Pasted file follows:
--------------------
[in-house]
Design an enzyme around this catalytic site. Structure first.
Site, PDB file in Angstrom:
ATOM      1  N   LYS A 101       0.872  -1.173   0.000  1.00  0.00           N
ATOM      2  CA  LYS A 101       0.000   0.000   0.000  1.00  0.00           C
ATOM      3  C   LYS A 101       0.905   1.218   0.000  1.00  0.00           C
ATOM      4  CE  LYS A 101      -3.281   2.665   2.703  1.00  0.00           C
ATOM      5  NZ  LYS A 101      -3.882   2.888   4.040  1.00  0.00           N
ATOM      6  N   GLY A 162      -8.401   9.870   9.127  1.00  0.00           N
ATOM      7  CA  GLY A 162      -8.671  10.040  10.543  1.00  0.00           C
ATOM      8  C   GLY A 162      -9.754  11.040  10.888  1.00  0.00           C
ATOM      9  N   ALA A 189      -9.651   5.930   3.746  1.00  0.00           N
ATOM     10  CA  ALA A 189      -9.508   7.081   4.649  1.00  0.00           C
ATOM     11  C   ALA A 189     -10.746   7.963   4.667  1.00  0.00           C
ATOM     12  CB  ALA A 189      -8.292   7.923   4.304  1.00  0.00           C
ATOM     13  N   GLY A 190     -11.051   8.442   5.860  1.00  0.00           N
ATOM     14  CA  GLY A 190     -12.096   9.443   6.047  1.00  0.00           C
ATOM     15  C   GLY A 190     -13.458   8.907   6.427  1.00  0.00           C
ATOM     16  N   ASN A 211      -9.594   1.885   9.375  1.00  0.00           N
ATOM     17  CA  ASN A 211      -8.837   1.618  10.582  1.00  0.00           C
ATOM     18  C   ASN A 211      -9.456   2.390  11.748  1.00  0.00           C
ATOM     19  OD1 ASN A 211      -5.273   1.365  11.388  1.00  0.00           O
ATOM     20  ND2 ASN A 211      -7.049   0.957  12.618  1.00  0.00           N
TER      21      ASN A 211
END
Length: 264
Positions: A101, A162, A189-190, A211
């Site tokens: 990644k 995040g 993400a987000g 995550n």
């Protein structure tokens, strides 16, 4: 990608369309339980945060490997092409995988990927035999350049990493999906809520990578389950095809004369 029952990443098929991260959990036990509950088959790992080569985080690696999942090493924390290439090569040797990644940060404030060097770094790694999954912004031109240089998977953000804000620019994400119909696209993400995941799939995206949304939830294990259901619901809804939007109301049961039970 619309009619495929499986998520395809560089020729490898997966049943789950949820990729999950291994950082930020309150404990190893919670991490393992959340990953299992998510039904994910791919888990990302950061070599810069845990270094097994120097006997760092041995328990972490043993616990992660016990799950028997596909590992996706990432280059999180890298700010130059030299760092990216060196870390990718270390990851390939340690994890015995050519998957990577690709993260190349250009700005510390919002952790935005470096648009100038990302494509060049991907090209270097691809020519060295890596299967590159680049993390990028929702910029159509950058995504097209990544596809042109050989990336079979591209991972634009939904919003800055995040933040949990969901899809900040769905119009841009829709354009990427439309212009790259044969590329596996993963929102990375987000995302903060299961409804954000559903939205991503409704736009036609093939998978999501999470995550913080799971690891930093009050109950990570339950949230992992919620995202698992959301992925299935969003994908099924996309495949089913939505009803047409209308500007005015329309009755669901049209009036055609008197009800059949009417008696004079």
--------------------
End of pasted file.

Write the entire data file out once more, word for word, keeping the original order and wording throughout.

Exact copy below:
[in-house]
Design an enzyme around this catalytic site. Structure first.
Site, PDB file in Angstrom:
ATOM      1  N   LYS A 101       0.872  -1.173   0.000  1.00  0.00           N
ATOM      2  CA  LYS A 101       0.000   0.000   0.000  1.00  0.00           C
ATOM      3  C   LYS A 101       0.905   1.218   0.000  1.00  0.00           C
ATOM      4  CE  LYS A 101      -3.281   2.665   2.703  1.00  0.00           C
ATOM      5  NZ  LYS A 101      -3.882   2.888   4.040  1.00  0.00           N
ATOM      6  N   GLY A 162      -8.401   9.870   9.127  1.00  0.00           N
ATOM      7  CA  GLY A 162      -8.671  10.040  10.543  1.00  0.00           C
ATOM      8  C   GLY A 162      -9.754  11.040  10.888  1.00  0.00           C
ATOM      9  N   ALA A 189      -9.651   5.930   3.746  1.00  0.00           N
ATOM     10  CA  ALA A 189      -9.508   7.081   4.649  1.00  0.00           C
ATOM     11  C   ALA A 189     -10.746   7.963   4.667  1.00  0.00           C
ATOM     12  CB  ALA A 189      -8.292   7.923   4.304  1.00  0.00           C
ATOM     13  N   GLY A 190     -11.051   8.442   5.860  1.00  0.00           N
ATOM     14  CA  GLY A 190     -12.096   9.443   6.047  1.00  0.00           C
ATOM     15  C   GLY A 190     -13.458   8.907   6.427  1.00  0.00           C
ATOM     16  N   ASN A 211      -9.594   1.885   9.375  1.00  0.00           N
ATOM     17  CA  ASN A 211      -8.837   1.618  10.582  1.00  0.00           C
ATOM     18  C   ASN A 211      -9.456   2.390  11.748  1.00  0.00           C
ATOM     19  OD1 ASN A 211      -5.273   1.365  11.388  1.00  0.00           O
ATOM     20  ND2 ASN A 211      -7.049   0.957  12.618  1.00  0.00           N
TER      21      ASN A 211
END
Length: 264
Positions: A101, A162, A189-190, A211
């Site tokens: 990644k 995040g 993400a987000g 995550n």
């Protein structure tokens, strides 16, 4: 990608369309339980945060490997092409995988990927035999350049990493999906809520990578389950095809004369 029952990443098929991260959990036990509950088959790992080569985080690696999942090493924390290439090569040797990644940060404030060097770094790694999954912004031109240089998977953000804000620019994400119909696209993400995941799939995206949304939830294990259901619901809804939007109301049961039970 619309009619495929499986998520395809560089020729490898997966049943789950949820990729999950291994950082930020309150404990190893919670991490393992959340990953299992998510039904994910791919888990990302950061070599810069845990270094097994120097006997760092041995328990972490043993616990992660016990799950028997596909590992996706990432280059999180890298700010130059030299760092990216060196870390990718270390990851390939340690994890015995050519998957990577690709993260190349250009700005510390919002952790935005470096648009100038990302494509060049991907090209270097691809020519060295890596299967590159680049993390990028929702910029159509950058995504097209990544596809042109050989990336079979591209991972634009939904919003800055995040933040949990969901899809900040769905119009841009829709354009990427439309212009790259044969590329596996993963929102990375987000995302903060299961409804954000559903939205991503409704736009036609093939998978999501999470995550913080799971690891930093009050109950990570339950949230992992919620995202698992959301992925299935969003994908099924996309495949089913939505009803047409209308500007005015329309009755669901049209009036055609008197009800059949009417008696004079």